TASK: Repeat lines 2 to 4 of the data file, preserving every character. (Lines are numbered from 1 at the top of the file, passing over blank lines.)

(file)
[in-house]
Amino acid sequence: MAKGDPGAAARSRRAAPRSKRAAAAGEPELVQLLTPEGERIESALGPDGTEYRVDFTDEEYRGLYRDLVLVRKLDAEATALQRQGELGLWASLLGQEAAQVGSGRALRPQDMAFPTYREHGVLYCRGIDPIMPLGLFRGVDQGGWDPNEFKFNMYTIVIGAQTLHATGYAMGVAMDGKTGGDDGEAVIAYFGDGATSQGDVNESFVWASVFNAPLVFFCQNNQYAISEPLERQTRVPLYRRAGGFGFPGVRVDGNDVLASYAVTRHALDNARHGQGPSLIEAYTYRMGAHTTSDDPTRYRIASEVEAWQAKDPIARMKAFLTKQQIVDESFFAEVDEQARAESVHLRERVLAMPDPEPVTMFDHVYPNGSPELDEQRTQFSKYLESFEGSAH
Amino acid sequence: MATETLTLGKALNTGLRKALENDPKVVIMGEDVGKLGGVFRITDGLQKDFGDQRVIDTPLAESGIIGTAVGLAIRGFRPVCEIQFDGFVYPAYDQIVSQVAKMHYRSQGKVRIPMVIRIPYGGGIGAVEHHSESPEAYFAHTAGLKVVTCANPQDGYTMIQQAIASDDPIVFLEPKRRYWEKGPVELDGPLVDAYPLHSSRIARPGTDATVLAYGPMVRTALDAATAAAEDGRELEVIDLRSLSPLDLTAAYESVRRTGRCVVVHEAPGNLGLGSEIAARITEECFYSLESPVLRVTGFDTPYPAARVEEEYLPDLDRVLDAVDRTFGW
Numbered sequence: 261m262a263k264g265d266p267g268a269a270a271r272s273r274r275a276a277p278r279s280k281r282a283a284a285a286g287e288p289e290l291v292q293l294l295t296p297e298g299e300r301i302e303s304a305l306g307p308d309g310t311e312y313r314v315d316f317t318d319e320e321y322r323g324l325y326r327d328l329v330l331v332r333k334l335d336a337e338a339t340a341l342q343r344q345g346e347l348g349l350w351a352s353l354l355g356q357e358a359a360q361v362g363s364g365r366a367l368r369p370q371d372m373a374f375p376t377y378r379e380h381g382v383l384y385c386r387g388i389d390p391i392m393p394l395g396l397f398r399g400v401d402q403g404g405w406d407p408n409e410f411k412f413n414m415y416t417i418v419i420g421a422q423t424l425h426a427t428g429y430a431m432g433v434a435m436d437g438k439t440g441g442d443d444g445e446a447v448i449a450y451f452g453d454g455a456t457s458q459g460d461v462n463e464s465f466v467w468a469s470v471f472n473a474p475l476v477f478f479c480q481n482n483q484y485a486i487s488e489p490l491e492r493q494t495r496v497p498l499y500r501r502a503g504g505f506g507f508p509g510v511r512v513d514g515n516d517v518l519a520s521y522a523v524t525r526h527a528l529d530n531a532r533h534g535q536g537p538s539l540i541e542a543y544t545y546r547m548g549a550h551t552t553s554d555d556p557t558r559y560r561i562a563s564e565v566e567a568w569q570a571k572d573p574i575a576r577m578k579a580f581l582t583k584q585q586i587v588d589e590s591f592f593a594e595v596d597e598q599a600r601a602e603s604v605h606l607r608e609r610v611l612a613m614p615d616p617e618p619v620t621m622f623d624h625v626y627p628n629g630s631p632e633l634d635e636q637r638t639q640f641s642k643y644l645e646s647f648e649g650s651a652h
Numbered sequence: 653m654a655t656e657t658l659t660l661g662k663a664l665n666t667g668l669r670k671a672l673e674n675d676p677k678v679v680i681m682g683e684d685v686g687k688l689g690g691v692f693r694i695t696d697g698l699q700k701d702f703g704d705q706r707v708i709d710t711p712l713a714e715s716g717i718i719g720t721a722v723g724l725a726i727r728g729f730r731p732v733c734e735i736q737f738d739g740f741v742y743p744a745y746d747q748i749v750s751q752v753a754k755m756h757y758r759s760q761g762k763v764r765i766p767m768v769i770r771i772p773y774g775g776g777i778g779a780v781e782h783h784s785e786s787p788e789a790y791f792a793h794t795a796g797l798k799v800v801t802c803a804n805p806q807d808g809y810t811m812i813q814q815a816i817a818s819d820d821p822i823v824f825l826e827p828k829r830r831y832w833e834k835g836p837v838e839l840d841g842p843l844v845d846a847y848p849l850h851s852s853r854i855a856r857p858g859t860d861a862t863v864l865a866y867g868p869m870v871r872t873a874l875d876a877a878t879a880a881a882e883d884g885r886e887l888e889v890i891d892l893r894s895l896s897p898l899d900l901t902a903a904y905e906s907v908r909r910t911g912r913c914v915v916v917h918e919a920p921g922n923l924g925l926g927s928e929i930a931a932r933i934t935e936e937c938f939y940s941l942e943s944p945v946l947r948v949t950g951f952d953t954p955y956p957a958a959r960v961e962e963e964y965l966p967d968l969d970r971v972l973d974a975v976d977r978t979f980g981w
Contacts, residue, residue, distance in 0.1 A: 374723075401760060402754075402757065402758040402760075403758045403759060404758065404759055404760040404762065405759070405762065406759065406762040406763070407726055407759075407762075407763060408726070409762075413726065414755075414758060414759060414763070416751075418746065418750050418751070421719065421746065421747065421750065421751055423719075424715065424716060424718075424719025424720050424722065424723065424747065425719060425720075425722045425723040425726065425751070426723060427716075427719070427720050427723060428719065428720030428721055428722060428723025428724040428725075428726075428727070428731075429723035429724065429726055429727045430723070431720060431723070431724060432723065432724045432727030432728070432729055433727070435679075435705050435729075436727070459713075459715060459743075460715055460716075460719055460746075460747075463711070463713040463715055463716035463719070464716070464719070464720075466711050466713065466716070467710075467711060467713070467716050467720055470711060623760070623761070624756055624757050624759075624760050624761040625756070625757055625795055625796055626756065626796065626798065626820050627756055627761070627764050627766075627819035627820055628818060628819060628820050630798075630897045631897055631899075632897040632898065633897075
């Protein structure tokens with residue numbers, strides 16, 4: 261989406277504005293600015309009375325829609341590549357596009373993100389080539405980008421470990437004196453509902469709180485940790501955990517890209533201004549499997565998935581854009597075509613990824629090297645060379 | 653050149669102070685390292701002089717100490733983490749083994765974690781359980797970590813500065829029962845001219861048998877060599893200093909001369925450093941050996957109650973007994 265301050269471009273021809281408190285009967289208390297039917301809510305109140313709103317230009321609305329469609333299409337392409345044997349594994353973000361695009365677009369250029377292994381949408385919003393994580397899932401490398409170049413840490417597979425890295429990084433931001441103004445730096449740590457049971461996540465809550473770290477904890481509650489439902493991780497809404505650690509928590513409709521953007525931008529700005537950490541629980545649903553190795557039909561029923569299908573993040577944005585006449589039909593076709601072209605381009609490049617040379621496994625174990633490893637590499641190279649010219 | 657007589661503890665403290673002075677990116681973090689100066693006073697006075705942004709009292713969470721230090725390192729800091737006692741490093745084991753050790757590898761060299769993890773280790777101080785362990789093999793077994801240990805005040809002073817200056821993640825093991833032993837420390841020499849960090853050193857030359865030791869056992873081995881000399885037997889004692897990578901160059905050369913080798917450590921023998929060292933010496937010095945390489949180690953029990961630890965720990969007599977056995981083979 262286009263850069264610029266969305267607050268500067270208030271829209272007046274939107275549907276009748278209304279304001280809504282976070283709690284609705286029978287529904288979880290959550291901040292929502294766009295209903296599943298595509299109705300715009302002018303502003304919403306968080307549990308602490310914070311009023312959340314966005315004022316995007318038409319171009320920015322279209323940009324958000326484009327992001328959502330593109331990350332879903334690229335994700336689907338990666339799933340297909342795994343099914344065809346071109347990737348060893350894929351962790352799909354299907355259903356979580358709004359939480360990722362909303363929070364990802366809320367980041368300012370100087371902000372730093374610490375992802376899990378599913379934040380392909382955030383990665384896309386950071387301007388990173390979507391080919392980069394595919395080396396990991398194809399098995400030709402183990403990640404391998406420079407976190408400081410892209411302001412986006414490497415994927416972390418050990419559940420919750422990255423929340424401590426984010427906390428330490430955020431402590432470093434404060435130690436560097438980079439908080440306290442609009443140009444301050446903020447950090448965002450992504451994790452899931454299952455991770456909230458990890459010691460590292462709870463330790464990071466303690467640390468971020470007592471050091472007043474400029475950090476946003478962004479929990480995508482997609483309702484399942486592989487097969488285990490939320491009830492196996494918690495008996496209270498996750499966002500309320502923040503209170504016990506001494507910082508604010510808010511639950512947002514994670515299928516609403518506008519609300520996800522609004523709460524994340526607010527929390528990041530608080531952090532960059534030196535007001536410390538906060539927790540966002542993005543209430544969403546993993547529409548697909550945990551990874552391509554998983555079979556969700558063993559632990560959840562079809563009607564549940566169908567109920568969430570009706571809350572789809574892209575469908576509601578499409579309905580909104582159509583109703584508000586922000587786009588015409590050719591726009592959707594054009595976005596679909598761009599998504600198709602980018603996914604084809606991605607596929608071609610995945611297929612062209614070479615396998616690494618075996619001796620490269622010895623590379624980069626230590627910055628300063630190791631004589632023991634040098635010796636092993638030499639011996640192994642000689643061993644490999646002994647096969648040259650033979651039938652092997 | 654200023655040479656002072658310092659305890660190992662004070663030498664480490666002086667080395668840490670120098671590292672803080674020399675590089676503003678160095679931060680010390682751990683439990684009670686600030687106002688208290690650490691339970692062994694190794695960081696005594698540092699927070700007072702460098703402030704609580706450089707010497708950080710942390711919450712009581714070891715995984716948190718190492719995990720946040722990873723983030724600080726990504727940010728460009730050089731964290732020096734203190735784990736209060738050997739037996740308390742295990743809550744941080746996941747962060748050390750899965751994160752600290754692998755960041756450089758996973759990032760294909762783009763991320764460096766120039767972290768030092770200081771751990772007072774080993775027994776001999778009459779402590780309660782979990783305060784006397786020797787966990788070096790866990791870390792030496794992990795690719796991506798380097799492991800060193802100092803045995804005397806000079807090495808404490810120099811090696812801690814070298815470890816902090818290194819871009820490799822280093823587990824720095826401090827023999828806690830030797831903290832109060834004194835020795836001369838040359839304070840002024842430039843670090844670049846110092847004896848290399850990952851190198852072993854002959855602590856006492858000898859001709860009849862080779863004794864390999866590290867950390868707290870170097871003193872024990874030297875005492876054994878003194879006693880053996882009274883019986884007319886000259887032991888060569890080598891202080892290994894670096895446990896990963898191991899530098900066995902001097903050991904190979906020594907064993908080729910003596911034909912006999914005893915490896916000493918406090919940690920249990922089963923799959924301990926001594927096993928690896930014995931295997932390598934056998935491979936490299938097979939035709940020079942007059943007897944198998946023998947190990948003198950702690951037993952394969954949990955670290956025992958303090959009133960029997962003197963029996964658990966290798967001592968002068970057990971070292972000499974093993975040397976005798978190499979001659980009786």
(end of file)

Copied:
Amino acid sequence: MAKGDPGAAARSRRAAPRSKRAAAAGEPELVQLLTPEGERIESALGPDGTEYRVDFTDEEYRGLYRDLVLVRKLDAEATALQRQGELGLWASLLGQEAAQVGSGRALRPQDMAFPTYREHGVLYCRGIDPIMPLGLFRGVDQGGWDPNEFKFNMYTIVIGAQTLHATGYAMGVAMDGKTGGDDGEAVIAYFGDGATSQGDVNESFVWASVFNAPLVFFCQNNQYAISEPLERQTRVPLYRRAGGFGFPGVRVDGNDVLASYAVTRHALDNARHGQGPSLIEAYTYRMGAHTTSDDPTRYRIASEVEAWQAKDPIARMKAFLTKQQIVDESFFAEVDEQARAESVHLRERVLAMPDPEPVTMFDHVYPNGSPELDEQRTQFSKYLESFEGSAH
Amino acid sequence: MATETLTLGKALNTGLRKALENDPKVVIMGEDVGKLGGVFRITDGLQKDFGDQRVIDTPLAESGIIGTAVGLAIRGFRPVCEIQFDGFVYPAYDQIVSQVAKMHYRSQGKVRIPMVIRIPYGGGIGAVEHHSESPEAYFAHTAGLKVVTCANPQDGYTMIQQAIASDDPIVFLEPKRRYWEKGPVELDGPLVDAYPLHSSRIARPGTDATVLAYGPMVRTALDAATAAAEDGRELEVIDLRSLSPLDLTAAYESVRRTGRCVVVHEAPGNLGLGSEIAARITEECFYSLESPVLRVTGFDTPYPAARVEEEYLPDLDRVLDAVDRTFGW
Numbered sequence: 261m262a263k264g265d266p267g268a269a270a271r272s273r274r275a276a277p278r279s280k281r282a283a284a285a286g287e288p289e290l291v292q293l294l295t296p297e298g299e300r301i302e303s304a305l306g307p308d309g310t311e312y313r314v315d316f317t318d319e320e321y322r323g324l325y326r327d328l329v330l331v332r333k334l335d336a337e338a339t340a341l342q343r344q345g346e347l348g349l350w351a352s353l354l355g356q357e358a359a360q361v362g363s364g365r366a367l368r369p370q371d372m373a374f375p376t377y378r379e380h381g382v383l384y385c386r387g388i389d390p391i392m393p394l395g396l397f398r399g400v401d402q403g404g405w406d407p408n409e410f411k412f413n414m415y416t417i418v419i420g421a422q423t424l425h426a427t428g429y430a431m432g433v434a435m436d437g438k439t440g441g442d443d444g445e446a447v448i449a450y451f452g453d454g455a456t457s458q459g460d461v462n463e464s465f466v467w468a469s470v471f472n473a474p475l476v477f478f479c480q481n482n483q484y485a486i487s488e489p490l491e492r493q494t495r496v497p498l499y500r501r502a503g504g505f506g507f508p509g510v511r512v513d514g515n516d517v518l519a520s521y522a523v524t525r526h527a528l529d530n531a532r533h534g535q536g537p538s539l540i541e542a543y544t545y546r547m548g549a550h551t552t553s554d555d556p557t558r559y560r561i562a563s564e565v566e567a568w569q570a571k572d573p574i575a576r577m578k579a580f581l582t583k584q585q586i587v588d589e590s591f592f593a594e595v596d597e598q599a600r601a602e603s604v605h606l607r608e609r610v611l612a613m614p615d616p617e618p619v620t621m622f623d624h625v626y627p628n629g630s631p632e633l634d635e636q637r638t639q640f641s642k643y644l645e646s647f648e649g650s651a652h